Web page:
This leads the film into its most shocking sequence. Otis’s gang excitedly loads up in a truck, rifles in hand, and speeds across town. This is intercut with Bubba frantically running through the forest. He falls on the dirt and into streams from exhaustion as he desperately tries to get to his house before the posse does. He manages to be beat them there and cries out for his elderly mother (Jocelyn Brando, 1953’s The Big Heat) to help him. She knows that if the men see Bubba they’ll hurt him, so she calms him down by saying that they’re going to play a game. She speaks quickly as she explains to Bubba that he has to play “the hiding game” if he’s going to avoid being hurt. Bubba says that he’ll find a great hiding spot and runs away from the house.
When Otis and his friends show up at the simple farmhouse, Mrs. Ritter says that she hasn’t seen her son and that the men have no right to be on her property. Of course Otis isn’t keen on ending his vigilante days just as they are starting, so the mother’s words are ignored. The men make their way through the nearby fields, hunting dogs leading the way. The dogs stop at the only marker in a vast field, a solitary scarecrow. Otis can’t believe that they were outwitted by an imbecile and is ready to head elsewhere when something catches his eye. He leans up to the scarecrow’s face and through its gaping eye holes he sees Bubba’s frightened face looking back at him. He motions to his cronies as Bubba cries out “Bubba didn’t do it!” The men form a line and become a firing squad, unloading dozens of rounds into his torso. It’s just then that they receive a radio call saying that Marylee isn’t dead, she was just badly hurt. They also learn that Bubba had nothing to do with her injuries, but had in fact saved her life. Thinking fast, Otis puts a pitchfork in the scarecrow’s dead hand to make the whole thing look like self-defense.
This is one hell of an opening act for a film, let alone one made for TV. I can only imagine how hard it must’ve been to convince a network to show the murder of a mentally challenged person in such detail. The rest of the film can’t live up to the kinetic energy of the first twenty minutes, but it settles into a suspenseful groove afterward, that is good in a different way. After lying in court, Otis and his cohorts are not charged with the murder of Bubba, due to lack of probable cause. This causes much frustration for the district attorney and Mrs. Ritter. As court is adjourned she leaps to her feet and cries out “There’s other justice in this world besides the law!” The men don’t think much of it until they start to see a familiar scarecrow appearing on their properties.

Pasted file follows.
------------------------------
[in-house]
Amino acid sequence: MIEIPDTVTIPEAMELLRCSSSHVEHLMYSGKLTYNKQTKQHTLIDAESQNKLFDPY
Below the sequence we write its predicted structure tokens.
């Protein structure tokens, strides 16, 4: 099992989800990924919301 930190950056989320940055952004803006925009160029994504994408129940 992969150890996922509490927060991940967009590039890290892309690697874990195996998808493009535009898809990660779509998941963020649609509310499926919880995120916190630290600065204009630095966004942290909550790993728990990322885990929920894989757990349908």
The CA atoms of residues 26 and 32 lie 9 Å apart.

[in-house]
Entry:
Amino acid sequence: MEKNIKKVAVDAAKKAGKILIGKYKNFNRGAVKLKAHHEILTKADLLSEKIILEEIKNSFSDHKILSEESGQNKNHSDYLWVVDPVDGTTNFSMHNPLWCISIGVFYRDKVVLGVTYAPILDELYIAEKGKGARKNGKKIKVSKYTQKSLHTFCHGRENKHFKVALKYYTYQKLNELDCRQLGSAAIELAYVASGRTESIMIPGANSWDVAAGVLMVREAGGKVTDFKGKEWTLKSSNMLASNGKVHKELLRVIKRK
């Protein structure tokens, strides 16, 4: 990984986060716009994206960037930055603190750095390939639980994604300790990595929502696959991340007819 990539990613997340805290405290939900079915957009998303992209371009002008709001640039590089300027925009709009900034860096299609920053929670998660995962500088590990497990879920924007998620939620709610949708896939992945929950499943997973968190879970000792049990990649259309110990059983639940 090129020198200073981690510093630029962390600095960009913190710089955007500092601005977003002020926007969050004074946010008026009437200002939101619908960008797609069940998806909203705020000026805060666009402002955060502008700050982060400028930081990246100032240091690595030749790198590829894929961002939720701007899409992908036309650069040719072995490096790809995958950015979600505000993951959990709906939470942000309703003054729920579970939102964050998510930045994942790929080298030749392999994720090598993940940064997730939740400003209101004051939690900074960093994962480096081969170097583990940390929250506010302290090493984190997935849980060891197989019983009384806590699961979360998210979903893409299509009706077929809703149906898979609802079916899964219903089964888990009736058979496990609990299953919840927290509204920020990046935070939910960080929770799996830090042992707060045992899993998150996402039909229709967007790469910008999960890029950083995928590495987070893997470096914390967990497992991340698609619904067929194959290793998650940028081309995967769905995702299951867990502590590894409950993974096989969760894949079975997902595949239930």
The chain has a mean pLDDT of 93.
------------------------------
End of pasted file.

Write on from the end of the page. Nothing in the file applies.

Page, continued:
There are few things on this earth as disconcerting as a scarecrow. They look human, but without any of the distinct characteristics that make us people. Nondescript gloves for hands, limp bodies stuffed with hay, and an emotionless stare are all you get with a scarecrow. As far as creep factor goes, they’re right up there with dolls. But scarecrows are scarier because if a doll came alive at least you could kick it in the face. The only thing I’d be doing if a scarecrow came to life around me is shitting my pants. There haven’t been many killer scarecrow movies and hardly any of the ones that exist are good. Dark Night of the Scarecrow was the first feature length film to feature such a monster, and it stands as one of the best.